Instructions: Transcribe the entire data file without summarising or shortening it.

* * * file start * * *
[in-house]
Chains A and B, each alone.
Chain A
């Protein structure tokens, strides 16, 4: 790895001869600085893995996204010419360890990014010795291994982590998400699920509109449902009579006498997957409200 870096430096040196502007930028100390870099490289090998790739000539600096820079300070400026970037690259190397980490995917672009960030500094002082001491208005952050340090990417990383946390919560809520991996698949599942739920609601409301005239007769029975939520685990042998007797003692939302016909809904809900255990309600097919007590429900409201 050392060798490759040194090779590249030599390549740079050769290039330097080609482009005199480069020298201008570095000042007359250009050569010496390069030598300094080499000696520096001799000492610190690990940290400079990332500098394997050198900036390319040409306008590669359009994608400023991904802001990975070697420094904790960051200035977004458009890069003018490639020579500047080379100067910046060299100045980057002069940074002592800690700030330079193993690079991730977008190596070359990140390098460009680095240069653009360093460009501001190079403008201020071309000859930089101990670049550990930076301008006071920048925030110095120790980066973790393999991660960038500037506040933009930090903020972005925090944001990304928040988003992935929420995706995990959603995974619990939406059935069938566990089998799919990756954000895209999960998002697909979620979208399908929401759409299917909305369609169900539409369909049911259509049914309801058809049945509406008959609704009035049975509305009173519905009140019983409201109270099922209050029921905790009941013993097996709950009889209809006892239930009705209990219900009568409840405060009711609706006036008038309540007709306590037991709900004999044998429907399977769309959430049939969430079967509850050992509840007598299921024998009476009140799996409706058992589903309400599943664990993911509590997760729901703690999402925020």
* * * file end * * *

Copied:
[in-house]
Chains A and B, each alone.
Chain A
């Protein structure tokens, strides 16, 4: 790895001869600085893995996204010419360890990014010795291994982590998400699920509109449902009579006498997957409200 870096430096040196502007930028100390870099490289090998790739000539600096820079300070400026970037690259190397980490995917672009960030500094002082001491208005952050340090990417990383946390919560809520991996698949599942739920609601409301005239007769029975939520685990042998007797003692939302016909809904809900255990309600097919007590429900409201 050392060798490759040194090779590249030599390549740079050769290039330097080609482009005199480069020298201008570095000042007359250009050569010496390069030598300094080499000696520096001799000492610190690990940290400079990332500098394997050198900036390319040409306008590669359009994608400023991904802001990975070697420094904790960051200035977004458009890069003018490639020579500047080379100067910046060299100045980057002069940074002592800690700030330079193993690079991730977008190596070359990140390098460009680095240069653009360093460009501001190079403008201020071309000859930089101990670049550990930076301008006071920048925030110095120790980066973790393999991660960038500037506040933009930090903020972005925090944001990304928040988003992935929420995706995990959603995974619990939406059935069938566990089998799919990756954000895209999960998002697909979620979208399908929401759409299917909305369609169900539409369909049911259509049914309801058809049945509406008959609704009035049975509305009173519905009140019983409201109270099922209050029921905790009941013993097996709950009889209809006892239930009705209990219900009568409840405060009711609706006036008038309540007709306590037991709900004999044998429907399977769309959430049939969430079967509850050992509840007598299921024998009476009140799996409706058992589903309400599943664990993911509590997760729901703690999402925020």